On rare occasions, the Commission has opted to bring peer reviewers together in a single physical space. If that does become necessary, mileage will be reimbursed by the Commission.
Are the identities of Peer Reviewers made public?
The identities of Peer Reviewers are protected only during the actual review process. Under Maine’s rules for awarding contracts and bids, all reviewer comments, the scores, their identities, and so forth are public information once the decisions on awards are made public.
Other information that becomes part of public record are the names of all organizations that applied for funding and their proposals.
- Role of Peer Reviewers
What are the responsibilities of Reviewers?
The primary responsibility of peer reviewers is to participate in all phases of the process. Teams of reviewers are selected for each set of applications with the express intent that each person’s expertise will be brought to bear on assessing the quality. When people do not fully participate, the absence of someone’s expertise or viewpoint has a direct impact on the team. That said, we do recognize that illness or a business crisis may develop unexpectedly and reviewers may have to drop out.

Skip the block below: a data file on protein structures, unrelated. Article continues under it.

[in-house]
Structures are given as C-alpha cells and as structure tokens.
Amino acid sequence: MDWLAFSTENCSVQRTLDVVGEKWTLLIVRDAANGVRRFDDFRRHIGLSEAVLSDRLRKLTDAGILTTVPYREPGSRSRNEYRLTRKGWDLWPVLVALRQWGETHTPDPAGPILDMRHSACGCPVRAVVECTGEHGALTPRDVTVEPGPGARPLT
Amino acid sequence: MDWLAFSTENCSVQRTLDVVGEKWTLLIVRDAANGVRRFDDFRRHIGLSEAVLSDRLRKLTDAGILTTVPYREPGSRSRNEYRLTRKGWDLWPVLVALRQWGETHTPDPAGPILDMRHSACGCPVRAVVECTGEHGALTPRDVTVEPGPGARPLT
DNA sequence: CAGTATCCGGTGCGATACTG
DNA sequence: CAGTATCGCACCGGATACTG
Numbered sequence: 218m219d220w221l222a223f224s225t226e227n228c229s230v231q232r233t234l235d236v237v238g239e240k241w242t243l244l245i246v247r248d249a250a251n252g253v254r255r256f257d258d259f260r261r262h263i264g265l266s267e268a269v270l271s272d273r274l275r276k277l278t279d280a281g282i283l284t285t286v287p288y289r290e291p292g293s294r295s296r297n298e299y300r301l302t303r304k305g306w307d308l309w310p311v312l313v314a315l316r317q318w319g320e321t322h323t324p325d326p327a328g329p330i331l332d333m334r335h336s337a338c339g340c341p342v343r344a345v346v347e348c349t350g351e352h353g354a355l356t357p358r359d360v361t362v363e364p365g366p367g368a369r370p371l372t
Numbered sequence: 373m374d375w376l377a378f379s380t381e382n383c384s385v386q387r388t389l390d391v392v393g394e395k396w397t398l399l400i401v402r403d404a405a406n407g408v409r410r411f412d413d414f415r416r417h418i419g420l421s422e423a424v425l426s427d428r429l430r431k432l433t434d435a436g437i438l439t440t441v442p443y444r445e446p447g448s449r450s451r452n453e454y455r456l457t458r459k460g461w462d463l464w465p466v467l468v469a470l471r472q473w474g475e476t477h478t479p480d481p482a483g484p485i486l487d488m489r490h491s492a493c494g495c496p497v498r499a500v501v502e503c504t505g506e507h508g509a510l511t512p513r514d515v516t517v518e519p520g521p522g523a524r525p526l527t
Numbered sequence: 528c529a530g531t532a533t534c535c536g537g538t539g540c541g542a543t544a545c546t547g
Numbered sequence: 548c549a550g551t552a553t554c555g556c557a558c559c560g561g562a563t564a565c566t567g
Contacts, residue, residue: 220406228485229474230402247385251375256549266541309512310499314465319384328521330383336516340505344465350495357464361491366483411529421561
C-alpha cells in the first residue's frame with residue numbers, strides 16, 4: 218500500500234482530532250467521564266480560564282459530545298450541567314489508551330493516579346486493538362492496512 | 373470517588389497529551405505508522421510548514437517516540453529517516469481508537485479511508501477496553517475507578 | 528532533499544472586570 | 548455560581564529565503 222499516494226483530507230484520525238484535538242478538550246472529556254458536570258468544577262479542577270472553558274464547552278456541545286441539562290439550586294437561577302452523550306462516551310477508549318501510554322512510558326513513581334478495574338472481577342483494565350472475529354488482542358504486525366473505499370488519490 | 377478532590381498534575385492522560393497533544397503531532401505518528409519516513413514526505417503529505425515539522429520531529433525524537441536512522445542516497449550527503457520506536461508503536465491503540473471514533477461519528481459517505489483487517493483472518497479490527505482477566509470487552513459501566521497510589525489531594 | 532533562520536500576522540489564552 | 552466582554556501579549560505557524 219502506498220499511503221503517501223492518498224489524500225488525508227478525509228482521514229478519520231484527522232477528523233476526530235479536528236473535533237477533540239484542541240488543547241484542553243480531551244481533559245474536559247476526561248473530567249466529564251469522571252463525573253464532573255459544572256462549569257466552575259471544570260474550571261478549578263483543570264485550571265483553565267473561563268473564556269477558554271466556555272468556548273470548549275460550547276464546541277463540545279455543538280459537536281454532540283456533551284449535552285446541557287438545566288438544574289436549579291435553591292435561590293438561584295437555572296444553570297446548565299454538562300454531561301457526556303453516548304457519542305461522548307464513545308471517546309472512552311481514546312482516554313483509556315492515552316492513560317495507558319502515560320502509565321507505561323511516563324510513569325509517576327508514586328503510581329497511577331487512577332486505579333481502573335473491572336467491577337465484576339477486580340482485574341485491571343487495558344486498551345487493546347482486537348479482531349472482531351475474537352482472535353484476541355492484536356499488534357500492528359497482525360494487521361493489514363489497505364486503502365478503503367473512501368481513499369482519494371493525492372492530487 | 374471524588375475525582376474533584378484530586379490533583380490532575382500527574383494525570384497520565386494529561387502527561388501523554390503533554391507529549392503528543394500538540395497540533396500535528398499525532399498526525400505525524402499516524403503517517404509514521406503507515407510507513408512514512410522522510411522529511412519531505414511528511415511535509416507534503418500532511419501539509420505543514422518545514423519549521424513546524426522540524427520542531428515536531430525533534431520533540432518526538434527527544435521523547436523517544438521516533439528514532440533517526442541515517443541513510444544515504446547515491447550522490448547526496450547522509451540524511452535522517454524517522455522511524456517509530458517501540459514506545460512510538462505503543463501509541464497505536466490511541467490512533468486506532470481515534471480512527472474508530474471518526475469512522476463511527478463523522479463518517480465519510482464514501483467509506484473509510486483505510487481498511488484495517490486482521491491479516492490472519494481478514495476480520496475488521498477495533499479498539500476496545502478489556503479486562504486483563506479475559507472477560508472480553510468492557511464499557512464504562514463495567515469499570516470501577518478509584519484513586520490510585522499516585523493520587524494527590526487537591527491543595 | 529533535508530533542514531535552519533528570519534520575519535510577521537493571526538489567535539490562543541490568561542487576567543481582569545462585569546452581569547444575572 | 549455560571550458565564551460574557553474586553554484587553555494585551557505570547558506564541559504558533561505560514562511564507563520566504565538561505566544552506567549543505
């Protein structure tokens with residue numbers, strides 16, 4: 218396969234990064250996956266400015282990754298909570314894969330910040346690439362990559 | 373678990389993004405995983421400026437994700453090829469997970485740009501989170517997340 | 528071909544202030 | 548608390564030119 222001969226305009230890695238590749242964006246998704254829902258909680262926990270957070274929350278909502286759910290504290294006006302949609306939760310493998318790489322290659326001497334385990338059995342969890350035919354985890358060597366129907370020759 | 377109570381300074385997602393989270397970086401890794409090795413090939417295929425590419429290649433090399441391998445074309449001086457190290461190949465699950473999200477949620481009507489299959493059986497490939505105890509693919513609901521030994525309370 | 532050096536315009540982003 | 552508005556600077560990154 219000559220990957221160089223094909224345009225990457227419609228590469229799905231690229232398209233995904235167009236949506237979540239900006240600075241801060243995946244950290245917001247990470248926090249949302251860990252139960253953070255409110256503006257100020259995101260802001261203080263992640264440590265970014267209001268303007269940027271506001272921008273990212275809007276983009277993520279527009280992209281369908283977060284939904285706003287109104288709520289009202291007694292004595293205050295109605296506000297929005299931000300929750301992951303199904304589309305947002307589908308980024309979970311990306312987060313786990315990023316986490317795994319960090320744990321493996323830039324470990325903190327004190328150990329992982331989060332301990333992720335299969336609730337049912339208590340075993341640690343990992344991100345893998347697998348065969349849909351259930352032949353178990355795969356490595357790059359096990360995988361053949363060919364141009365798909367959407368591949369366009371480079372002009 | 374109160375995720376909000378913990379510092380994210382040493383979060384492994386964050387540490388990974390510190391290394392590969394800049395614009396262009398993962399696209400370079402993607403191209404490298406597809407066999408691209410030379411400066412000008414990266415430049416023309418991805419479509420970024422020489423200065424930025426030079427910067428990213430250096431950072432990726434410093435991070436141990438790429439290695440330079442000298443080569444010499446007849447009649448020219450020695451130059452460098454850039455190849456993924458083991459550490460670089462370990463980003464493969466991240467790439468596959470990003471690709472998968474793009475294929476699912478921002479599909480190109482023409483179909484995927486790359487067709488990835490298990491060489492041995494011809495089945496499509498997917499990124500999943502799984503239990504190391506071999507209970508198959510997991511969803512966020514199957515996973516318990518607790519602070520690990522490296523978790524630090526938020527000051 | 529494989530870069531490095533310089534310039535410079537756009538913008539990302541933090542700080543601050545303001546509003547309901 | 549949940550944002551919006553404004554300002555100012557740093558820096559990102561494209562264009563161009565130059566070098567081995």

Other responsibilities are to
- Protect the integrity of the process by monitoring for “Conflicts of Interest” as described in each grant program’s regulations and notifying the Commission when such a conflict may be present.
- Maintain as confidential, information about applicants that is revealed through the peer review process. This commitment to confidentiality includes a prohibition on discussing the application with individuals not involved in the selection process.